Friday, January 29, 2010

Enlightened Music I: The Symbols of Light

Tamino charmsthe wild beasts, Act I scene xv, from The Magic Flute by Wolfgang Amadeus Mozart 1756-91, c.1793 NOTE: In this scene the power of music is used to charm "wild creatures". Do you sense that artist is merging ideas about animals and "savage" peoples? Is there a racial/civilizational discourse going on here? Notice the three words over the doorways behind Tamino- in German these say REASON (Vernunft), WISDOM (Weisheit/h) and NATURE (Natur).

"Music has charms to soothe the savage breast, To soften rocks, or bend a knotted oak."
William Congreve, English dramatist (1670 - 1729)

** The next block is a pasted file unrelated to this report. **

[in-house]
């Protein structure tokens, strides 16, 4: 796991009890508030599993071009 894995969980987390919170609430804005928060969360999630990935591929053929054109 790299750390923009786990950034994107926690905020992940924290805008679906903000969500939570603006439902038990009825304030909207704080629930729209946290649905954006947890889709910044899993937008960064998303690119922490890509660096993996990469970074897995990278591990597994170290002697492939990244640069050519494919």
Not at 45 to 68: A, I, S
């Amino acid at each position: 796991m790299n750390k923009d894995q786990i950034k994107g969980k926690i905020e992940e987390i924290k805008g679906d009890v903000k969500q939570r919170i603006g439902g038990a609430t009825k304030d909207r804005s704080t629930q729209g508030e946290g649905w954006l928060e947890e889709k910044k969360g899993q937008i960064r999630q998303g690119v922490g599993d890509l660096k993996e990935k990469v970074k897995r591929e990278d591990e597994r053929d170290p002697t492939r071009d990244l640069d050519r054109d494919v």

Wolfgang Amadeus Mozart's opera The Magic Flute (1791) is a fairy tale with decidedly Enlightenment underpinnings. After passing through many ordeals, two pairs of lovers (Tamino and Pamina, Papageno and Papagena) are finally reunited. The powers of superstition and darkness are driven out by the powers of rationality and light. Mozart and his librettist were both Freemasons and believed that mankind was on an evolutionary journey toward perfection. Here is the final scene of the opera in which the lovers find one another, the Queen of the Night is vanquished and reason, right and light triumph. Ah- Enlightenment hope springs eternal!

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